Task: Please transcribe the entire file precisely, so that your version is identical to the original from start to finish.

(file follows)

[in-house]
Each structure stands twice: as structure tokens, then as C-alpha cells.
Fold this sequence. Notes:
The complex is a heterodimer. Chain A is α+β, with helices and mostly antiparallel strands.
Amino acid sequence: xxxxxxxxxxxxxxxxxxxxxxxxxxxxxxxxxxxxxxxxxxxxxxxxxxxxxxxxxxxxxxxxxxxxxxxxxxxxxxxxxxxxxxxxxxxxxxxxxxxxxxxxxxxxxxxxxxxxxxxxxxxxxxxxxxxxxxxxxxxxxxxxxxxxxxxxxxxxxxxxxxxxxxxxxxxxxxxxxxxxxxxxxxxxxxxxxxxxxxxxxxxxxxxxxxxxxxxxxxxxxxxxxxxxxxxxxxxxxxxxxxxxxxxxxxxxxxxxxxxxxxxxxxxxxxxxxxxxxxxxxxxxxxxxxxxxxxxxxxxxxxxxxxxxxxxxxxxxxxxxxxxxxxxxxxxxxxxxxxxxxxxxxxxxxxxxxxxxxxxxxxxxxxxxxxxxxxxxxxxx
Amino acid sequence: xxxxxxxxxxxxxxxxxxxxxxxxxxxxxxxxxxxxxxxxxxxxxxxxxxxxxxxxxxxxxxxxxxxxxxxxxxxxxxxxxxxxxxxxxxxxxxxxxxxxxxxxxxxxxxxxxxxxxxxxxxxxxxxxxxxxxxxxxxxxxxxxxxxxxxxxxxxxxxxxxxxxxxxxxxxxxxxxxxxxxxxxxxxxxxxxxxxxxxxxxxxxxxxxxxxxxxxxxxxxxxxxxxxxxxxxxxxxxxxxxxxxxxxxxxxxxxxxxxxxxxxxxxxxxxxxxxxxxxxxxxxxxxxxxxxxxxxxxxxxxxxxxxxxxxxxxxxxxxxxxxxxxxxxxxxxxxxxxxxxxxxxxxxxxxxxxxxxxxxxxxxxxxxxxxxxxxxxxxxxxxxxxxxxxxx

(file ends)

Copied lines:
[in-house]
Each structure stands twice: as structure tokens, then as C-alpha cells.
Fold this sequence. Notes:
The complex is a heterodimer. Chain A is α+β, with helices and mostly antiparallel strands.
Amino acid sequence: xxxxxxxxxxxxxxxxxxxxxxxxxxxxxxxxxxxxxxxxxxxxxxxxxxxxxxxxxxxxxxxxxxxxxxxxxxxxxxxxxxxxxxxxxxxxxxxxxxxxxxxxxxxxxxxxxxxxxxxxxxxxxxxxxxxxxxxxxxxxxxxxxxxxxxxxxxxxxxxxxxxxxxxxxxxxxxxxxxxxxxxxxxxxxxxxxxxxxxxxxxxxxxxxxxxxxxxxxxxxxxxxxxxxxxxxxxxxxxxxxxxxxxxxxxxxxxxxxxxxxxxxxxxxxxxxxxxxxxxxxxxxxxxxxxxxxxxxxxxxxxxxxxxxxxxxxxxxxxxxxxxxxxxxxxxxxxxxxxxxxxxxxxxxxxxxxxxxxxxxxxxxxxxxxxxxxxxxxxxx
Amino acid sequence: xxxxxxxxxxxxxxxxxxxxxxxxxxxxxxxxxxxxxxxxxxxxxxxxxxxxxxxxxxxxxxxxxxxxxxxxxxxxxxxxxxxxxxxxxxxxxxxxxxxxxxxxxxxxxxxxxxxxxxxxxxxxxxxxxxxxxxxxxxxxxxxxxxxxxxxxxxxxxxxxxxxxxxxxxxxxxxxxxxxxxxxxxxxxxxxxxxxxxxxxxxxxxxxxxxxxxxxxxxxxxxxxxxxxxxxxxxxxxxxxxxxxxxxxxxxxxxxxxxxxxxxxxxxxxxxxxxxxxxxxxxxxxxxxxxxxxxxxxxxxxxxxxxxxxxxxxxxxxxxxxxxxxxxxxxxxxxxxxxxxxxxxxxxxxxxxxxxxxxxxxxxxxxxxxxxxxxxxxxxxxxxxxxxxxxx